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Archive for May, 2011

May 18, 2011

Reverse and Turbos

I logged on this morning and was hit between the eyes with a couple of excellent questions, which when I began to answer, occurred to me I could base a whole post on my thoughts. So without further adieu…

I currently have 6 Yamaha snowmobiles and have just ordered 2-2012 Nytro XTX’s. I like these sleds but the reverse engagement lever is very hard to use. I have tried various ways of using it, including using a strap to pull on it but nothing makes it work any better including adjustment or a dealer working on it. My non Yamaha buddies get a real charge out this. Also Artic Cat, Bombardier, and Polaris have a factory turbo, but nothing from the leading 4 stroke manufacturer, this seems puzzling to me. Having owned at least 35-40 snowmobiles, 90 % Yamaha and 90% of those bought new I would appreciate and answer to these questions. Repectfully yours,  Murray,  Sask. Canada

Hey Murray, regarding the reverse gear system on the Nytro; it follows suit with every reverse gear Yamaha has designed to date. In a nutshell, it is ‘quirky’, which is odd when you consider the number of gear systems and transmissions to come out of our engineering group. I find it works best if you are left handed, reach across the saddle while looking over your right shoulder and sticking your tongue out of the opposite side of your mouth, simultaneously blipping the throttle. It also helps if Venus and Pluto are aligned… seriously, there is a bit of a ‘knack’ to it, sometimes the gears don’t mesh just right and a small amount of throttle to move the jack-shaft a bit helps, also having the idle speed set correctly as well as the clutch C2C and OE drive belt will keep the gears from being pre-loaded. If everything is set right it comes down to the angles and order of force exerted upon the reverse mechanism. Occasionally it works like a charm, effortless, then the next time I’m in need of some reverse thrust it can be a real struggle. I will pass along your comments to our engineers (it is not the first time they will have heard this one). And a word of caution, don’t be forcing it too much or you may find yourself clutching a broken handle, it’s all about the ‘angle of the dangle’ so to speak.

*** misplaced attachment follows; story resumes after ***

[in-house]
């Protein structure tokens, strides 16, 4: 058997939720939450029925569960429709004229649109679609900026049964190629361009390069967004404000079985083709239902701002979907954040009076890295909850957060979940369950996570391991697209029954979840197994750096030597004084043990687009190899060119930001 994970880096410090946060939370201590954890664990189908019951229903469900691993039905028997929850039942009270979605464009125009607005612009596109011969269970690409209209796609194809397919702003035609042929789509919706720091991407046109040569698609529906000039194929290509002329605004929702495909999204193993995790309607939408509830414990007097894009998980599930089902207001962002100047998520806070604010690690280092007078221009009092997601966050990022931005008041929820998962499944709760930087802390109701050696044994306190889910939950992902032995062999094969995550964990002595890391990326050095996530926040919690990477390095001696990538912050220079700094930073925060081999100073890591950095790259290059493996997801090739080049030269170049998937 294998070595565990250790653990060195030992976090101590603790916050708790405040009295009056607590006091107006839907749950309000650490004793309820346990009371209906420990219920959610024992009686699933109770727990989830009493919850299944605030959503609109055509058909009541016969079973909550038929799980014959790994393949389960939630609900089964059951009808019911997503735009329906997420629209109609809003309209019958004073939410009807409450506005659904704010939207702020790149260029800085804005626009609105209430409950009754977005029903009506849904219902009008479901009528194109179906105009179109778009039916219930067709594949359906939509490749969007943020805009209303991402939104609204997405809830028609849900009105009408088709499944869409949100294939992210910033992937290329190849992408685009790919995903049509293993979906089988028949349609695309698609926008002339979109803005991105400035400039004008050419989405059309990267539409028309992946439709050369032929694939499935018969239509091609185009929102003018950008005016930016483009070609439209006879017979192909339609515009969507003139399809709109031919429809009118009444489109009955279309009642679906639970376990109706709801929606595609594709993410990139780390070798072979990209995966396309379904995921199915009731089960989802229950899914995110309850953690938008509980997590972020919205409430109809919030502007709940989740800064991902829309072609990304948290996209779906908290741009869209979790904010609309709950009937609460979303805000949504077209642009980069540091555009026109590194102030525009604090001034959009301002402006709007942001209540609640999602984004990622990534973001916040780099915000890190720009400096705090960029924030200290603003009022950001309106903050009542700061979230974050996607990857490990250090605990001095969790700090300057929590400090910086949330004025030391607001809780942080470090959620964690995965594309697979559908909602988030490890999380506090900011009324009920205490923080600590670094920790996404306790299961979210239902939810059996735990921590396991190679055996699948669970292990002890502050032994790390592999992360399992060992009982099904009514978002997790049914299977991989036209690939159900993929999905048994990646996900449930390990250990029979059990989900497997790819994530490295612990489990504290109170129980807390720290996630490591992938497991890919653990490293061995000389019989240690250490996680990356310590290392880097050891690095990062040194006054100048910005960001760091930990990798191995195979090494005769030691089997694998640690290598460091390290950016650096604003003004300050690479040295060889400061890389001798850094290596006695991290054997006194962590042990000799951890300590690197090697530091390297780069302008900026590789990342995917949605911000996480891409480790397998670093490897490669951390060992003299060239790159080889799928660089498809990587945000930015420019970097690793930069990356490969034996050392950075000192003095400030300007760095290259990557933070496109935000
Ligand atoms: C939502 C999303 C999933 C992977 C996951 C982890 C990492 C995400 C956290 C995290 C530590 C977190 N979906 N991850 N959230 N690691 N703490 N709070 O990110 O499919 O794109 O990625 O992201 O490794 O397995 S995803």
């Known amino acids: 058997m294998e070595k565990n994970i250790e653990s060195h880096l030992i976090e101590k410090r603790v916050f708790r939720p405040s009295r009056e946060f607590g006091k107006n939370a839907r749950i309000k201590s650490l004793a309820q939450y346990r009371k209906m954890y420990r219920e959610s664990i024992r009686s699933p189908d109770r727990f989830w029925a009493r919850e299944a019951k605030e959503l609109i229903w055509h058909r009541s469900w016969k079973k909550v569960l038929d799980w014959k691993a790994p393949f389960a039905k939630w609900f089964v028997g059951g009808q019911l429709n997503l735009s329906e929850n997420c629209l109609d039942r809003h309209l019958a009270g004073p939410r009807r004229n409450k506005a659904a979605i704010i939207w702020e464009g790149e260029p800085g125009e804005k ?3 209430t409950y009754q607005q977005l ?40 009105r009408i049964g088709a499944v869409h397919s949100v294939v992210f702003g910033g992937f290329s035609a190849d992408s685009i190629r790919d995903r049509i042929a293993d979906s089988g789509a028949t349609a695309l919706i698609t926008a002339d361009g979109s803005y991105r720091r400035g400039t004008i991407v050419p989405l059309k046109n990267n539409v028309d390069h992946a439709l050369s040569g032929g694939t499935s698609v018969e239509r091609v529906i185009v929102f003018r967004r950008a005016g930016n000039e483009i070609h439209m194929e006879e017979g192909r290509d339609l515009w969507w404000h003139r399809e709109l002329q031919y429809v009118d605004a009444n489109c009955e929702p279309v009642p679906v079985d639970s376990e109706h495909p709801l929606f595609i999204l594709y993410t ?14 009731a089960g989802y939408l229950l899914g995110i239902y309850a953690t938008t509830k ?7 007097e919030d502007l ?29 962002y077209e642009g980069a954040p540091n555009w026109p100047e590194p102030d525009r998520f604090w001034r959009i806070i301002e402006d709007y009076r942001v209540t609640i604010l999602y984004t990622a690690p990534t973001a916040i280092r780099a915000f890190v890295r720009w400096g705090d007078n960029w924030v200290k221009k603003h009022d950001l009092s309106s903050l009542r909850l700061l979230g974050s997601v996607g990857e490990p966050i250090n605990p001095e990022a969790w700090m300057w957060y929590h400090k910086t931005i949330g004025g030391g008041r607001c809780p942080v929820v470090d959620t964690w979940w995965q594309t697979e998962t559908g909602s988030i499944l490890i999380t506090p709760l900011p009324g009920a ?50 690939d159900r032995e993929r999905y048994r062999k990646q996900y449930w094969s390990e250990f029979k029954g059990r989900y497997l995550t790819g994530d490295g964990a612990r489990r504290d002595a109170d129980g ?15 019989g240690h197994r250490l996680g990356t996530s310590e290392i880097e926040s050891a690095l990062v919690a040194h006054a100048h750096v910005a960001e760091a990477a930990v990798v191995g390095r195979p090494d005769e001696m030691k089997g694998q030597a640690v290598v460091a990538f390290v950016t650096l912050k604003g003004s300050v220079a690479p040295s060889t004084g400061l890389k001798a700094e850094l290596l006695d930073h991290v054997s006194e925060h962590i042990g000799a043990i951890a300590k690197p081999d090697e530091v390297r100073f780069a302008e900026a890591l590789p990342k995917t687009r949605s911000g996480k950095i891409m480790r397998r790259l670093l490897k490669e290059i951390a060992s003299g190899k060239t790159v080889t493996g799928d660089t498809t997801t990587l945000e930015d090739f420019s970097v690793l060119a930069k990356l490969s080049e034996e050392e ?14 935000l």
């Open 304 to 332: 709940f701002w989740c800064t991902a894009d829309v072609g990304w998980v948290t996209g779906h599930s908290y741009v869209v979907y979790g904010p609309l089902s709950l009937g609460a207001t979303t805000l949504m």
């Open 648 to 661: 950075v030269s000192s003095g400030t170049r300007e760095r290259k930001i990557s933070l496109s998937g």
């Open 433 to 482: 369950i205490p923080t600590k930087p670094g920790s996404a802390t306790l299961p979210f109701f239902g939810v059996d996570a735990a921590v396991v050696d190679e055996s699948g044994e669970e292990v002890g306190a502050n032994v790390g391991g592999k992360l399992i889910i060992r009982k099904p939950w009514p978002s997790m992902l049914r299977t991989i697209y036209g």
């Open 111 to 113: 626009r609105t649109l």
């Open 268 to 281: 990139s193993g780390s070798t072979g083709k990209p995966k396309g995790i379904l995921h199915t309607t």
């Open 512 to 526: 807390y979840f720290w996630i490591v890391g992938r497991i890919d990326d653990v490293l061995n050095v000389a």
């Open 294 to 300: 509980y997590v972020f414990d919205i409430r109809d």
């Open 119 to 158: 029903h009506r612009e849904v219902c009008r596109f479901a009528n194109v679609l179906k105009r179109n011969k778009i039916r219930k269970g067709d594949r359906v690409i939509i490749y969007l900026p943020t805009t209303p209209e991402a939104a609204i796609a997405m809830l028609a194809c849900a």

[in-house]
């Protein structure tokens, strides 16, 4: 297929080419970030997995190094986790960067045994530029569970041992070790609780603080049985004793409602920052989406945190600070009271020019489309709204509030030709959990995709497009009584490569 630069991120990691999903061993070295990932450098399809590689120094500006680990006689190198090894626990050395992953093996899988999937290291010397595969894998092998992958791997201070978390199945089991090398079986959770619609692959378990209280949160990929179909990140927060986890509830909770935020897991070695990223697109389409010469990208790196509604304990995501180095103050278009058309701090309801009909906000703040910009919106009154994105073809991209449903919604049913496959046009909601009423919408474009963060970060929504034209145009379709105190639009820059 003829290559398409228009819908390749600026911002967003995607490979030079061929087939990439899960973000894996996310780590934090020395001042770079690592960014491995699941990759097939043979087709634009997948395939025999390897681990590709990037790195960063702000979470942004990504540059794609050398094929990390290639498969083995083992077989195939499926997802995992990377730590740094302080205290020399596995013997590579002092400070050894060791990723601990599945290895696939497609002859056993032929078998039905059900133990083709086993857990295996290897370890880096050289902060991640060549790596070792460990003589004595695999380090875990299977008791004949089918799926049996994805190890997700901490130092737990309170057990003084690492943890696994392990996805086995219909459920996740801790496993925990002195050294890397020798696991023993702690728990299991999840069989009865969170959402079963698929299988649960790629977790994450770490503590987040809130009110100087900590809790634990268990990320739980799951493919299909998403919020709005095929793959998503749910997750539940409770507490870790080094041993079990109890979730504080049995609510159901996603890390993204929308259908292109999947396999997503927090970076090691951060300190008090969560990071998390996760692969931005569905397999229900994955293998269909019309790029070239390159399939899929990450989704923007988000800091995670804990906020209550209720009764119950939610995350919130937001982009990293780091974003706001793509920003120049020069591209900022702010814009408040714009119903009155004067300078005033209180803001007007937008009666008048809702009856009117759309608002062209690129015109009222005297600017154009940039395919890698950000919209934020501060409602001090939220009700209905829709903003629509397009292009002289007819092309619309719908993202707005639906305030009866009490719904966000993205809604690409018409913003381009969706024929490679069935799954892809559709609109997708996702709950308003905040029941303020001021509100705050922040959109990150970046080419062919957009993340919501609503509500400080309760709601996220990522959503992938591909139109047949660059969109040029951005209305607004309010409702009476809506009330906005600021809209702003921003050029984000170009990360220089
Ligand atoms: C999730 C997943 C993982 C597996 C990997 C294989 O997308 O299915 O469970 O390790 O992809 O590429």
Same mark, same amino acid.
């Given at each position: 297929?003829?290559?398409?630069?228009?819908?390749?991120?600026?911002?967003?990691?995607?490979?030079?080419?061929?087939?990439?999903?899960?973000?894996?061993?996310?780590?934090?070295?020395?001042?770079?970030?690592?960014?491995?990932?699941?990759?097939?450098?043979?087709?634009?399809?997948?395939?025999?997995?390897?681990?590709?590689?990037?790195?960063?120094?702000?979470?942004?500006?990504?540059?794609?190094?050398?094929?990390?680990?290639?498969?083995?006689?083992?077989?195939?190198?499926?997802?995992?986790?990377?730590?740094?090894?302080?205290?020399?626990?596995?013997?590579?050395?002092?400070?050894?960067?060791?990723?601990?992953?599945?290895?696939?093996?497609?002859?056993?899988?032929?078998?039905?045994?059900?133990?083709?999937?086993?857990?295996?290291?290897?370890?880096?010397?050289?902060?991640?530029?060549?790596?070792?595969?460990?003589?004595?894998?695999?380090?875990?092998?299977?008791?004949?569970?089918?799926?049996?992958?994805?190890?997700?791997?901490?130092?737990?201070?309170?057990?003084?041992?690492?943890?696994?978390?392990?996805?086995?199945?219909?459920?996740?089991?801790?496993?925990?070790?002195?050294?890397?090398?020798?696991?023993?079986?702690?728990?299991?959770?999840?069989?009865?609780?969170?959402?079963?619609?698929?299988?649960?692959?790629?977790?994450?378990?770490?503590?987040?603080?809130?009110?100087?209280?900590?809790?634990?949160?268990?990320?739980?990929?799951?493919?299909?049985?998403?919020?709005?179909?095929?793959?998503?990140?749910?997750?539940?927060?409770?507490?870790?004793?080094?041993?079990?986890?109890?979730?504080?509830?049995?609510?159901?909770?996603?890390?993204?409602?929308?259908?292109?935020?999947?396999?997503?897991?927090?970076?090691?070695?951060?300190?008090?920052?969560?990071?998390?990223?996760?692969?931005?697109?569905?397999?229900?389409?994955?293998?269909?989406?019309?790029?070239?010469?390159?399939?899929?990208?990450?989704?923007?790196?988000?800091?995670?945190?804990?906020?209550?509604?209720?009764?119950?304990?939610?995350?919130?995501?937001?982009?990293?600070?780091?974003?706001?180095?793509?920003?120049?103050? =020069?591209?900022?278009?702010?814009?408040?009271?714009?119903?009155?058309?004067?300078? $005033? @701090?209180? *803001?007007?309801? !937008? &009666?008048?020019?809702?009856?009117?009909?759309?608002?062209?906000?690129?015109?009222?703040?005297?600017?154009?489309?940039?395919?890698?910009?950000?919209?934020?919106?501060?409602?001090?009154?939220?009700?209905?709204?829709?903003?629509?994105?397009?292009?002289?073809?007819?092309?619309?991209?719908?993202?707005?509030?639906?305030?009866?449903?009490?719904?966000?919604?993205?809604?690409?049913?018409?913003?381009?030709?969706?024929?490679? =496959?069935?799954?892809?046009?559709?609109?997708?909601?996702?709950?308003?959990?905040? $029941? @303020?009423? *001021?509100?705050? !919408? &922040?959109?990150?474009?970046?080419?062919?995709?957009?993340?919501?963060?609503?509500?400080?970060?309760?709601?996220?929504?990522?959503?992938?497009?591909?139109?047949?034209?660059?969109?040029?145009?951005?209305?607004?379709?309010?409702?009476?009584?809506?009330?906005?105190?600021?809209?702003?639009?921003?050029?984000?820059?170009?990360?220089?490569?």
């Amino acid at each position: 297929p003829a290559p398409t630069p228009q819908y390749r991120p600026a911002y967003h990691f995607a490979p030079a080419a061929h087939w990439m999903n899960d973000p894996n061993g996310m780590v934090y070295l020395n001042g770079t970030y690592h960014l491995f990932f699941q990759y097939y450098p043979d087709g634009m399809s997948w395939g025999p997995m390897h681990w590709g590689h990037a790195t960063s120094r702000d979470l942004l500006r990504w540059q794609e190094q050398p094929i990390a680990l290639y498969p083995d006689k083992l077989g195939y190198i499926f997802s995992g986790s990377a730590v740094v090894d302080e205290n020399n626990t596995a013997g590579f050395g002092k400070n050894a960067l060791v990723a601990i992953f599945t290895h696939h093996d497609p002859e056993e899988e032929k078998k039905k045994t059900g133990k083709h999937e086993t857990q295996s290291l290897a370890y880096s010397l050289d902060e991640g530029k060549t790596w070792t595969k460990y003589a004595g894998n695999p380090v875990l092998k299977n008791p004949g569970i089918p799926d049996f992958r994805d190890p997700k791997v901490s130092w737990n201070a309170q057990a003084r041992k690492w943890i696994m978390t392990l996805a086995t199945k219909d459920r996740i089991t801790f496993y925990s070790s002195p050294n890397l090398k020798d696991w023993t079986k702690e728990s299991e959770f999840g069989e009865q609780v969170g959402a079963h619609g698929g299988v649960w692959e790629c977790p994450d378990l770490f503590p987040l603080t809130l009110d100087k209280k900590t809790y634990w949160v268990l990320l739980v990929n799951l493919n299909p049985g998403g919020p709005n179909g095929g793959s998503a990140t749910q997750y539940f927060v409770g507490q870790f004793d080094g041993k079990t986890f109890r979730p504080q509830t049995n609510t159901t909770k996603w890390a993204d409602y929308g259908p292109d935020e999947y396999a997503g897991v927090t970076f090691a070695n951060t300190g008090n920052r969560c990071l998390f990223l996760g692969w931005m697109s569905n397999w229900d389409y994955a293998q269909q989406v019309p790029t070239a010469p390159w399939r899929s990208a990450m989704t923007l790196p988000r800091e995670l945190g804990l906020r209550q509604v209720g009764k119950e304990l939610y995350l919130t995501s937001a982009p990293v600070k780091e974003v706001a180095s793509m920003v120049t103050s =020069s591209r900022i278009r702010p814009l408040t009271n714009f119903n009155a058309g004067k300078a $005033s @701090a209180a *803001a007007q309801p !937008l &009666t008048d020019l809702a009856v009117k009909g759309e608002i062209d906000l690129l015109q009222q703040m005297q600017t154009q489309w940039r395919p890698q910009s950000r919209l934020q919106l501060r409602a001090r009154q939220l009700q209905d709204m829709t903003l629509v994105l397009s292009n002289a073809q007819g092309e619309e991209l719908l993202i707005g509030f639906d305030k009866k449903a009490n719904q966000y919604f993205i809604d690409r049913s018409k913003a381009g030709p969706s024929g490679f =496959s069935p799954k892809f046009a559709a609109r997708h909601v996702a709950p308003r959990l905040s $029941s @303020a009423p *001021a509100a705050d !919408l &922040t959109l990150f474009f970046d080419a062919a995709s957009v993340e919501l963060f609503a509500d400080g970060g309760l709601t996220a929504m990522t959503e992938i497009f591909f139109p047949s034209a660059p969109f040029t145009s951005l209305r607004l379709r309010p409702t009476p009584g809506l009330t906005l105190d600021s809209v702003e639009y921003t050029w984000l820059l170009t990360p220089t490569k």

On the subject of turbos, we have been pushing this one for a while now (pardon the pun), especially for the mountain application where altitude effects horsepower. There is an argument to the point that a low boost turbo can compensate for the loss of power at elevation without stressing the engine beyond its design parameters. Our engineers work to very exacting standards much of which has come about from years of motorcycle design. They will not sacrifice the durability /  reliability of the engines to achieve more power with a ‘bolt on’ device. That said, the testing standards we have to meet appear to be quite a bit beyond that of what the real world requires… catch 22.

There is also inherent pride in knowing our current engines, normally aspirated, are very close to the power output of our competitions boosted engines. Historically, Yamaha has dabbled with boost, most recently in the marine side of things, but we tend to shy away from using turbos or superchargers in favor of building state of the art engine technology taken from pages of MotoGP racing development and auto partnerships.

The current market trends and acceptance of boosting smaller engines in autos and the adoption of the technology into more baseline motorsports has got to have an impact on our planning somewhere down the road. The simple fact that we have many engines operating under high boost pressure for several seasons in the mountains tells me our motors can ‘handle it’ and supports my theory that the ‘bench test’ for our sled engines most likely leaves a significant margin of error when it comes to squeezing some more juice for the real world.

To counter the additional cost of boost, the base engines (like those you refer to from our competition) do not have to be as costly to produce, with lower hp/liter output when normally aspirated. This, along with our ‘rule-book’ of engineering standards would most likely conclude, we would have to design a new engine from the a clean sheet of paper to offer factory boost.